(Recommend) Submit the Proposal to the Testnet first You may want to push your proposal live to the testnet first before pushing to the mainnet. Once your proposal is on-chain, you will not be able to change it. By submitting it to testnet, you will gain a good sense of what the proposal description will look like and know how your proposal will be on the mainnet. Submitting your proposal to the testnet also increases the likelihood that you will discover a flaw before deploying your proposal on the mainnet. For testnet submission, please note: you'll need testnet tokens TCRO for your proposal, and the parameters for testnet proposals are different (eg. voting period timing, deposit amount, deposit denomination)
Submit Your On-chain Proposal with Initial Deposit After everything is set and you are confident about the proposal, you can now submit the final proposal with
cronosd. You should have reasonable confidence that your proposal will pass before risking deposit contributions. Part of the voting community members should probably be aware of the proposal and if they see the proposal, they probably have considered it already before the proposal goes live on-chain.
# 6. Deposit tokens and fund an active proposal
The deposit period lasts either 14 days or until the proposal deposit totals 20,000 CROs, whichever happens first. Prior to a governance proposal entering the voting period (ie. for the proposal to be voted upon), a minimum number of CROs are deposited. Once the decision for the proposal is made - either passed or failed, the deposit will be returned to the contributors. People have considered contributions amounts differently and anyone can contribute to this deposit, while please note that the contributed CROs are potentially at risk of being burned*.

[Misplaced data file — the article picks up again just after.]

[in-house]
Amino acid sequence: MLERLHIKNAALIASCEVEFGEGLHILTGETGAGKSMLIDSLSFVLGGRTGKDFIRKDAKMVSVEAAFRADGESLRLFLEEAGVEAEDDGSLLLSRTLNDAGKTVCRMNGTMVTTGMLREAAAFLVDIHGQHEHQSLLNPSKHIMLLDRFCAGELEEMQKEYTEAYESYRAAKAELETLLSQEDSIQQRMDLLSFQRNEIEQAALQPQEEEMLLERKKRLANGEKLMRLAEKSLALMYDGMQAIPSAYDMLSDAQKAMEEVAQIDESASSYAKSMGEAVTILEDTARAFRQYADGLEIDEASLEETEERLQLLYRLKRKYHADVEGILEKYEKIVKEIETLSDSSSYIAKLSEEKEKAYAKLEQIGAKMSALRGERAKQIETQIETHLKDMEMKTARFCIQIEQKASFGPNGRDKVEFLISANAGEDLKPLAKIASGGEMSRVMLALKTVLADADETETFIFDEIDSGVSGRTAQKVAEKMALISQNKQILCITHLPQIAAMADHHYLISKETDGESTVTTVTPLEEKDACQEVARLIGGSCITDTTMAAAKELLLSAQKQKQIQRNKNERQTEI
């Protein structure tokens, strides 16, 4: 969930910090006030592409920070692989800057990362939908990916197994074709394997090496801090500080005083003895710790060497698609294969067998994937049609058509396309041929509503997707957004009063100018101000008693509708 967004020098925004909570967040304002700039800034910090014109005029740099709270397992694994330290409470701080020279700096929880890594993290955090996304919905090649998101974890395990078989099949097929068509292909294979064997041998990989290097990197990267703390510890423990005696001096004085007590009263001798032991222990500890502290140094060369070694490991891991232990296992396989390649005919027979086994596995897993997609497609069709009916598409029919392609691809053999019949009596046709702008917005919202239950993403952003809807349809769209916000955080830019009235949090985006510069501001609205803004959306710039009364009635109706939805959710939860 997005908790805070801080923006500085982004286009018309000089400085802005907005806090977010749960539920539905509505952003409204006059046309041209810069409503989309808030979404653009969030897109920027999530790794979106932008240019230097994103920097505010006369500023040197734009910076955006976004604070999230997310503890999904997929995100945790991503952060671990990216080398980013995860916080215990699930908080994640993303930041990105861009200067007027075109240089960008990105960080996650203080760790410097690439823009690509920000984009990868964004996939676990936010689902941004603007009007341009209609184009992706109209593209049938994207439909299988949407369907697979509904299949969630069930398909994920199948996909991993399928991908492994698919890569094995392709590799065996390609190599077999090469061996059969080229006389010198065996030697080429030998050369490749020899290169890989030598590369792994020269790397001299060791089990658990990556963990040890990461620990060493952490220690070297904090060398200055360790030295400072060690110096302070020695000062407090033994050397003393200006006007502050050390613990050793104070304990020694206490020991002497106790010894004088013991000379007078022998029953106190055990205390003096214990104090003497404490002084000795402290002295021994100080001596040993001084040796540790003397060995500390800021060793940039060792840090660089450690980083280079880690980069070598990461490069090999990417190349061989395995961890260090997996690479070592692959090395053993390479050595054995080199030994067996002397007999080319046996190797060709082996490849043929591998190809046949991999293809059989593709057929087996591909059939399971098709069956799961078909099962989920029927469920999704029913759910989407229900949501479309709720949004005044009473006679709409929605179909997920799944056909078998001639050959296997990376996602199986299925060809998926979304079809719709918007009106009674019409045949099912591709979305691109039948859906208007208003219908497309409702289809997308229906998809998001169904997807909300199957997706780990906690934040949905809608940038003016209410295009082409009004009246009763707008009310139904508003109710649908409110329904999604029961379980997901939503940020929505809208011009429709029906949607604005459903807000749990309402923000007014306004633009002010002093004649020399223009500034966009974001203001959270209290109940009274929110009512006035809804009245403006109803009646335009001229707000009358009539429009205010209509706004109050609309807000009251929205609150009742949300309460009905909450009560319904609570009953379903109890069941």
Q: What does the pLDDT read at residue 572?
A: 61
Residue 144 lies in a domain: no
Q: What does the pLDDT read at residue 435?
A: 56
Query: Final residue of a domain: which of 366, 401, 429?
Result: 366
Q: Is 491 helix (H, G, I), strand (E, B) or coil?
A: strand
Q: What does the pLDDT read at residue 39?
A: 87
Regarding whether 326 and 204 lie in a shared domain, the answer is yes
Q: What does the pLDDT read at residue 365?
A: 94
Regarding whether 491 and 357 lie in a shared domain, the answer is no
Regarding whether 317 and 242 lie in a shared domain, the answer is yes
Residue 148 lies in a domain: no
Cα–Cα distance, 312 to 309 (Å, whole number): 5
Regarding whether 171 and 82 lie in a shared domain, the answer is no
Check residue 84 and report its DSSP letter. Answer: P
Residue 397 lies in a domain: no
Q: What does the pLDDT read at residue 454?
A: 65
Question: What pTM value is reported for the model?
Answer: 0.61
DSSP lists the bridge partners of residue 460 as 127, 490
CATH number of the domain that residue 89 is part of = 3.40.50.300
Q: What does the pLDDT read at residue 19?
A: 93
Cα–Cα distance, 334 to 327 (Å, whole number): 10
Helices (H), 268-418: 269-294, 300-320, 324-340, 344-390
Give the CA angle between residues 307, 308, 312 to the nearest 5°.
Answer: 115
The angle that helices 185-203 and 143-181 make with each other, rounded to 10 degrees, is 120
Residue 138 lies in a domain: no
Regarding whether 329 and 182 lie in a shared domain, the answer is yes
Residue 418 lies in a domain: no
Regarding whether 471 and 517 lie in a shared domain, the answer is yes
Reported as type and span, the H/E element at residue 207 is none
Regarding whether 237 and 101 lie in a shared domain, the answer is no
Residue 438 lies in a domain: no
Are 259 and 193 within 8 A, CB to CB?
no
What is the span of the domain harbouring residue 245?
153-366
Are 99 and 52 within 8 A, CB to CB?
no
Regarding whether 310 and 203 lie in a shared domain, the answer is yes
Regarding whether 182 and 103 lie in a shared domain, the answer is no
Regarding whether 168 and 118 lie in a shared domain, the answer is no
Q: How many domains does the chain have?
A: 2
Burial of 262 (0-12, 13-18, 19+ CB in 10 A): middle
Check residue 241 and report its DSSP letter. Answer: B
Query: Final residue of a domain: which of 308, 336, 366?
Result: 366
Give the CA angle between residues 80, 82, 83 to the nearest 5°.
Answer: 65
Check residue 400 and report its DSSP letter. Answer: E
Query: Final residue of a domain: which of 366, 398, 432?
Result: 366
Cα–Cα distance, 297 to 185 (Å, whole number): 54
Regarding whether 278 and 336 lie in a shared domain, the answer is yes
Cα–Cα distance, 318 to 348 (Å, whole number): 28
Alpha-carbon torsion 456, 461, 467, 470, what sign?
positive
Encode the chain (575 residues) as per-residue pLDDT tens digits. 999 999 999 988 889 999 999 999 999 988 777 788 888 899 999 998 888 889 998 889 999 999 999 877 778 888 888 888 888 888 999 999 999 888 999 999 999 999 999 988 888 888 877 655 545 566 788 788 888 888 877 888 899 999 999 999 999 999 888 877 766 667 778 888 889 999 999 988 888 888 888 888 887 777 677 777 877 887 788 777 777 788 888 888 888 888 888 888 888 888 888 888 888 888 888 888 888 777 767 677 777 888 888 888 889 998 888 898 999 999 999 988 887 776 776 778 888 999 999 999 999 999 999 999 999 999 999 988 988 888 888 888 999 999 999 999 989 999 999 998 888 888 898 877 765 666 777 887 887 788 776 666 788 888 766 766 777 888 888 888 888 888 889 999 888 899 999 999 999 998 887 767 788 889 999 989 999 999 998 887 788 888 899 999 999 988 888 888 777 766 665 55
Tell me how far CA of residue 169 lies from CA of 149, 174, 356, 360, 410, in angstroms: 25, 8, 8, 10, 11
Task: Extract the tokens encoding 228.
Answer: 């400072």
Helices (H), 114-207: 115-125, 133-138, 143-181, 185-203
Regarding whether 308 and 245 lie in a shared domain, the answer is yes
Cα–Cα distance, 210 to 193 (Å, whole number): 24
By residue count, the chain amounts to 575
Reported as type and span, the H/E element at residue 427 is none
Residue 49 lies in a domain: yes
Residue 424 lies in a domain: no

*Deposits are burned when proposals:
- Expire - deposits will be burned if the deposit period ends before reaching the minimum 20,000 of CROs
- Fail to reach quorum - deposits will be burned for proposals that do not reach voting power level ie. more than 33.4% of all staked CROs must vote
- Being vetoed - deposits for proposals with 33.4% of voting power backing the 'no-with-veto' option are also burned
# 7. Vote for an active proposal
The voting period is currently 14 days, and the vote can be changed anytime before the period ends. During the voting period, participants may select a vote of either 'yes', 'no', 'abstain', or 'no-with-veto'. Only bonded CROs count towards the voting power for a governance proposal, so the liquid CROs will not count toward a vote.
# 8. Criteria to determine whether a governance proposal passes
- A minimum deposit - 20,000 CRO is required for the proposal to enter the voting period, and the deposit must be reached within 14 days (this is the deposit period)
- A minimum of 33.4% of the network's voting power is required to participate to make the proposal valid
- A majority (greater than 50%) of the participating voting power must back the 'yes' vote during the required voting period
- Less than 33.4% of participating voting power votes 'no-with-veto'
Please note that it is a WIP. The governance will further be explored down the line and some parts in this documentation are in development, so please use this document as a reference and seek feedback when using this information.
For more details about governance transaction, queries, and relevant network parameters, please visit the gov section (opens new window).